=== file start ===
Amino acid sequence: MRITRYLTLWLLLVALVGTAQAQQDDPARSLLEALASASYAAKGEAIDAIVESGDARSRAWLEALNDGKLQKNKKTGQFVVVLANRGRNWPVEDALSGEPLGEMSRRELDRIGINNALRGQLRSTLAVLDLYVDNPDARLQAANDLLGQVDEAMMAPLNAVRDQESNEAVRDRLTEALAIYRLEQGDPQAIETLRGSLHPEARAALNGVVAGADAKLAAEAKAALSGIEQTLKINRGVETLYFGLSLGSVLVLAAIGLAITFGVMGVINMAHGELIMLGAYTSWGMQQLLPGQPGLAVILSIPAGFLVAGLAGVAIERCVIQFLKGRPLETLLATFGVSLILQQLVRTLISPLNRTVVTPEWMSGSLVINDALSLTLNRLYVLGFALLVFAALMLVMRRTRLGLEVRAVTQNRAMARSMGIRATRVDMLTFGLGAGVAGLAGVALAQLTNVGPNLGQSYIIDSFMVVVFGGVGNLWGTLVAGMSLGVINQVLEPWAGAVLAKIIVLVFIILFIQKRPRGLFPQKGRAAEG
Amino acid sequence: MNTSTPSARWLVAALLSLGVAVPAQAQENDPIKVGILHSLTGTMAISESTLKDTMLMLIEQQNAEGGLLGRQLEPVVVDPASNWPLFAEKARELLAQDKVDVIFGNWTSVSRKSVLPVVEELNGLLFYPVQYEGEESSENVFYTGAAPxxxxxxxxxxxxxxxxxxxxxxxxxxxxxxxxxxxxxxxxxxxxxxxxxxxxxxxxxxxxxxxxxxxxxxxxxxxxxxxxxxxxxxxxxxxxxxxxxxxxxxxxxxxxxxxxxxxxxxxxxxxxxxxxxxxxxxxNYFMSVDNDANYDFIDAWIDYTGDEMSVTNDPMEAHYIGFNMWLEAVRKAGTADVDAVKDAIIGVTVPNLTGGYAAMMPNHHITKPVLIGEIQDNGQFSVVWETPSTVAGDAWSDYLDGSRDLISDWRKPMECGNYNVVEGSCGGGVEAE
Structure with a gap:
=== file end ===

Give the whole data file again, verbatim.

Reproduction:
Amino acid sequence: MRITRYLTLWLLLVALVGTAQAQQDDPARSLLEALASASYAAKGEAIDAIVESGDARSRAWLEALNDGKLQKNKKTGQFVVVLANRGRNWPVEDALSGEPLGEMSRRELDRIGINNALRGQLRSTLAVLDLYVDNPDARLQAANDLLGQVDEAMMAPLNAVRDQESNEAVRDRLTEALAIYRLEQGDPQAIETLRGSLHPEARAALNGVVAGADAKLAAEAKAALSGIEQTLKINRGVETLYFGLSLGSVLVLAAIGLAITFGVMGVINMAHGELIMLGAYTSWGMQQLLPGQPGLAVILSIPAGFLVAGLAGVAIERCVIQFLKGRPLETLLATFGVSLILQQLVRTLISPLNRTVVTPEWMSGSLVINDALSLTLNRLYVLGFALLVFAALMLVMRRTRLGLEVRAVTQNRAMARSMGIRATRVDMLTFGLGAGVAGLAGVALAQLTNVGPNLGQSYIIDSFMVVVFGGVGNLWGTLVAGMSLGVINQVLEPWAGAVLAKIIVLVFIILFIQKRPRGLFPQKGRAAEG
Amino acid sequence: MNTSTPSARWLVAALLSLGVAVPAQAQENDPIKVGILHSLTGTMAISESTLKDTMLMLIEQQNAEGGLLGRQLEPVVVDPASNWPLFAEKARELLAQDKVDVIFGNWTSVSRKSVLPVVEELNGLLFYPVQYEGEESSENVFYTGAAPxxxxxxxxxxxxxxxxxxxxxxxxxxxxxxxxxxxxxxxxxxxxxxxxxxxxxxxxxxxxxxxxxxxxxxxxxxxxxxxxxxxxxxxxxxxxxxxxxxxxxxxxxxxxxxxxxxxxxxxxxxxxxxxxxxxxxxxNYFMSVDNDANYDFIDAWIDYTGDEMSVTNDPMEAHYIGFNMWLEAVRKAGTADVDAVKDAIIGVTVPNLTGGYAAMMPNHHITKPVLIGEIQDNGQFSVVWETPSTVAGDAWSDYLDGSRDLISDWRKPMECGNYNVVEGSCGGGVEAE
Structure with a gap: